Indoor Air Quality Control after the COVID-19 Pandemic
|April 22, 2022
The COVID-19 pandemic has focused attention on the role of indoor environmental controls in infectious disease transmission the airborne/aerosol route. This presentation will consider how well existing building systems protect occupants from airborne infectious diseases, how enhanced controls can reduce risk of transmission, and how building design and operation need to change in the future to reduce the impact of future pandemics. Knowledge gaps and research priorities will be discussed as well as the importance of connecting infection risk mitigation with higher goals for indoor air quality generally to promote health and productivity sustainably. Barriers to change will also be noted and discussed.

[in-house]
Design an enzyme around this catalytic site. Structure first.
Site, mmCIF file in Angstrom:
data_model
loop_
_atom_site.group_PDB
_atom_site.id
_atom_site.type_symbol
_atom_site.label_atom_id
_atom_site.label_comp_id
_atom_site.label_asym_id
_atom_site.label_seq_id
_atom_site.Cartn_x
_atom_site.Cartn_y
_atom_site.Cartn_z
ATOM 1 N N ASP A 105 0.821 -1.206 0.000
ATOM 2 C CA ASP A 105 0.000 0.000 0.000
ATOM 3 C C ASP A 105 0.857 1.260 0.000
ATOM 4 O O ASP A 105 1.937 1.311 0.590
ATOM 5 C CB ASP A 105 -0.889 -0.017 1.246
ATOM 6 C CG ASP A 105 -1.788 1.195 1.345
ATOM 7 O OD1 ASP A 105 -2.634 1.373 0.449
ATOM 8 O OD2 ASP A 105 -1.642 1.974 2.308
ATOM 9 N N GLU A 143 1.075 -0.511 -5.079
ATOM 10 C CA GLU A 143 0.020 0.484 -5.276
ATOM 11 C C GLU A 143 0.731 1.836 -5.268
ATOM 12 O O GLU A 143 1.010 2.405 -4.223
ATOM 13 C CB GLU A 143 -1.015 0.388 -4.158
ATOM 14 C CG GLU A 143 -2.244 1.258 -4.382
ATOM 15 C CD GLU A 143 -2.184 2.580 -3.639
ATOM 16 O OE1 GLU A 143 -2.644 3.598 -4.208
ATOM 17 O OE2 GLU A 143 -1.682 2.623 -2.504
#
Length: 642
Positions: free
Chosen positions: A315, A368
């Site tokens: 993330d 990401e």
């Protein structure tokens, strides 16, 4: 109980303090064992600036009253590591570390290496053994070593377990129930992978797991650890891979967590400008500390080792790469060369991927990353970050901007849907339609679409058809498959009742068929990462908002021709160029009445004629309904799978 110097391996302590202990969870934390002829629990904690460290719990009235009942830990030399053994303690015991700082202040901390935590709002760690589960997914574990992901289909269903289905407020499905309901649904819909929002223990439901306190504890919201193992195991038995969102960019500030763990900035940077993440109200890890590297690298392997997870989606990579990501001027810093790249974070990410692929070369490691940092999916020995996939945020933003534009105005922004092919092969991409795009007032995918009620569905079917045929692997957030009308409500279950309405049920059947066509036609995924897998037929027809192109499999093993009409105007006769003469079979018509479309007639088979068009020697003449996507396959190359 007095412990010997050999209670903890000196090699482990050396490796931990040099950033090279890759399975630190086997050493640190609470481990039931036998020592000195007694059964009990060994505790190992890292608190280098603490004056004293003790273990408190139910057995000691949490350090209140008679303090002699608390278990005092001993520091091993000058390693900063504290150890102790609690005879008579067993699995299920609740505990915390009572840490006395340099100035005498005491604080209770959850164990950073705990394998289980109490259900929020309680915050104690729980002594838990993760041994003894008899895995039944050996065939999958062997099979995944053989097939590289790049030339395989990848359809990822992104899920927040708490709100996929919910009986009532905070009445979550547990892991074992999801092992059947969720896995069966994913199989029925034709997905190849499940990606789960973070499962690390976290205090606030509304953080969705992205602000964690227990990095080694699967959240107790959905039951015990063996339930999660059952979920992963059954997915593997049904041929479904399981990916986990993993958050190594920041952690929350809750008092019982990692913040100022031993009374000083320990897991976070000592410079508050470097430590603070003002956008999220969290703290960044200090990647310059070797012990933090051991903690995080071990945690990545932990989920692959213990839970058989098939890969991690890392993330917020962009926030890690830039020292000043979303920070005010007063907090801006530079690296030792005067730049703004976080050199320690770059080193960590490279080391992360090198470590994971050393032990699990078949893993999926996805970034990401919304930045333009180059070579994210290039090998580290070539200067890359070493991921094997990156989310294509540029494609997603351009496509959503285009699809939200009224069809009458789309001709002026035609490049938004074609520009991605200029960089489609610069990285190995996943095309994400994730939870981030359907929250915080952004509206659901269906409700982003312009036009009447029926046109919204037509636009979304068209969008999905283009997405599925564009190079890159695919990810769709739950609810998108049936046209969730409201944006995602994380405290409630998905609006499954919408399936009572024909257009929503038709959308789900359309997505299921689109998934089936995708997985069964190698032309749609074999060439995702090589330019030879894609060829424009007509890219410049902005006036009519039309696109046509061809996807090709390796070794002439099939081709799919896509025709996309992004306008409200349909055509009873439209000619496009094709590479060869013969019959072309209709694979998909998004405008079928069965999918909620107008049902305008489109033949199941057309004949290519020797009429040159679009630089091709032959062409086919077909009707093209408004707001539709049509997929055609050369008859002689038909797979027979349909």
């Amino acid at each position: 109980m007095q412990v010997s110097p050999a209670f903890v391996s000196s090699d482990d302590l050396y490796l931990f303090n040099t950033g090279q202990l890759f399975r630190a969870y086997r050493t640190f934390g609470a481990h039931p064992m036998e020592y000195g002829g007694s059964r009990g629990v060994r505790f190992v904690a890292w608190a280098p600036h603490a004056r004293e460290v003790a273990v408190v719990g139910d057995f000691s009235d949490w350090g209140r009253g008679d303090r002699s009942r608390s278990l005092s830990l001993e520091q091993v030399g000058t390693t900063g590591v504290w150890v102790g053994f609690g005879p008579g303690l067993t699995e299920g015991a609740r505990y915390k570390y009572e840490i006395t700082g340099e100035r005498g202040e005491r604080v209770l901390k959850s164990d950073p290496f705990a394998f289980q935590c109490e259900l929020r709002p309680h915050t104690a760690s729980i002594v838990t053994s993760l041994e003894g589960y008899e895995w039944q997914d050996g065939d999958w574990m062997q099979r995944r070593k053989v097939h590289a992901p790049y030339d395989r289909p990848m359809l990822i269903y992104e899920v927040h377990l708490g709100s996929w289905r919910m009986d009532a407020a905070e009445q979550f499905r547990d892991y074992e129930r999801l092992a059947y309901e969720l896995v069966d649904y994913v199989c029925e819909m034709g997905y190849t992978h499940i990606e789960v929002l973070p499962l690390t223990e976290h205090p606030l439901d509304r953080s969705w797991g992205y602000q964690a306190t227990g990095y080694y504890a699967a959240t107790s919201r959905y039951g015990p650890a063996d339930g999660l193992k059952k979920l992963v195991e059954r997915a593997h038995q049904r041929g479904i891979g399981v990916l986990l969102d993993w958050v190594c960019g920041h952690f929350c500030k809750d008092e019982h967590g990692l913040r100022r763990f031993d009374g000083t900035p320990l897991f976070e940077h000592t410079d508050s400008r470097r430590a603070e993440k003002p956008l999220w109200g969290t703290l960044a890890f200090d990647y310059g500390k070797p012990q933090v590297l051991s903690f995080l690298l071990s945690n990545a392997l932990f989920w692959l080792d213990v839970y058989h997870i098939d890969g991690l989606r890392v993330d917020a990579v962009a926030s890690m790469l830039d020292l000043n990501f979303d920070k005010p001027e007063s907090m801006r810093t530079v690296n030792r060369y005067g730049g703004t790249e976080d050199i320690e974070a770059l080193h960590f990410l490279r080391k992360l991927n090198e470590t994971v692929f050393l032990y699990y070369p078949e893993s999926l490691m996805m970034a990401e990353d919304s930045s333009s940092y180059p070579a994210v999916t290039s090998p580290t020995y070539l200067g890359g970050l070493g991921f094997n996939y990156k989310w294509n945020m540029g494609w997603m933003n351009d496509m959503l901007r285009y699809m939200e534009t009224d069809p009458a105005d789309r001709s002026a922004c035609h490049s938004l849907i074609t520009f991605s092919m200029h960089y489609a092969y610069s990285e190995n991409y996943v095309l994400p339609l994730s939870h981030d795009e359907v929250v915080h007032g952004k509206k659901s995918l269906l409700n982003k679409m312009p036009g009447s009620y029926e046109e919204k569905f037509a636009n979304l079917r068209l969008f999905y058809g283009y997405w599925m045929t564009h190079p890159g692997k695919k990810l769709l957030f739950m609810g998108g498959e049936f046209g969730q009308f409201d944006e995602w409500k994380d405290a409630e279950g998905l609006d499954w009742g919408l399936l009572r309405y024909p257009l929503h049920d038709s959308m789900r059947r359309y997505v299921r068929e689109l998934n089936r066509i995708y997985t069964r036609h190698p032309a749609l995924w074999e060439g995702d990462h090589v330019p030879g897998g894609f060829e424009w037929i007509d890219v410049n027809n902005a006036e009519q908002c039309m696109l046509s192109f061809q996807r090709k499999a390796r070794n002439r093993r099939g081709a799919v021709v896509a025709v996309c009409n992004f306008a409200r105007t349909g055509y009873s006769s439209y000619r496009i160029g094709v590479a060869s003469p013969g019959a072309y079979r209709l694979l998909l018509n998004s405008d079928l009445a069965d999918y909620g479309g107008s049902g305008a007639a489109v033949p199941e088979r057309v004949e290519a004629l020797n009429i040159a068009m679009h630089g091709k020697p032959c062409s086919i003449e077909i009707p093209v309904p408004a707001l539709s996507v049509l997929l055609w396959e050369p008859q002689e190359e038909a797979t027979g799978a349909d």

William P. Bahnfleth is a professor of Architectural Engineering at The Pennsylvania State University, University Park, PA. He is a Fellow of ASHRAE, the American Society of Mechanical Engineers, and the International Society for Indoor Air Quality and Climate. Dr. Bahnfleth holds a doctorate in Mechanical Engineering from the University of Illinois and is a registered professional engineer. His primary research interest is energy efficient control of indoor air quality with a focus on control of bioaerosols with germicidal ultraviolet light. Dr. Bahnfleth is the author or co-author of more than 180 journal articles and 15 books and book chapters. He has served ASHRAE in many capacities, including 2013-14 Society President and chair of the ASHRAE Epidemic Task Force. His ASHRAE awards include the Exceptional Service Award, the Louise and Bill Holladay Distinguished Fellow Award, the E.K. Campbell Award of Merit for teaching, and the F. Paul Anderson Award, ASHRAE’s highest individual honor. His work as chair of the ASHRAE Epidemic Task Force has been recognized with a letter of appreciation from the US EPA and the ASHRAE Presidential Certificate of Honor.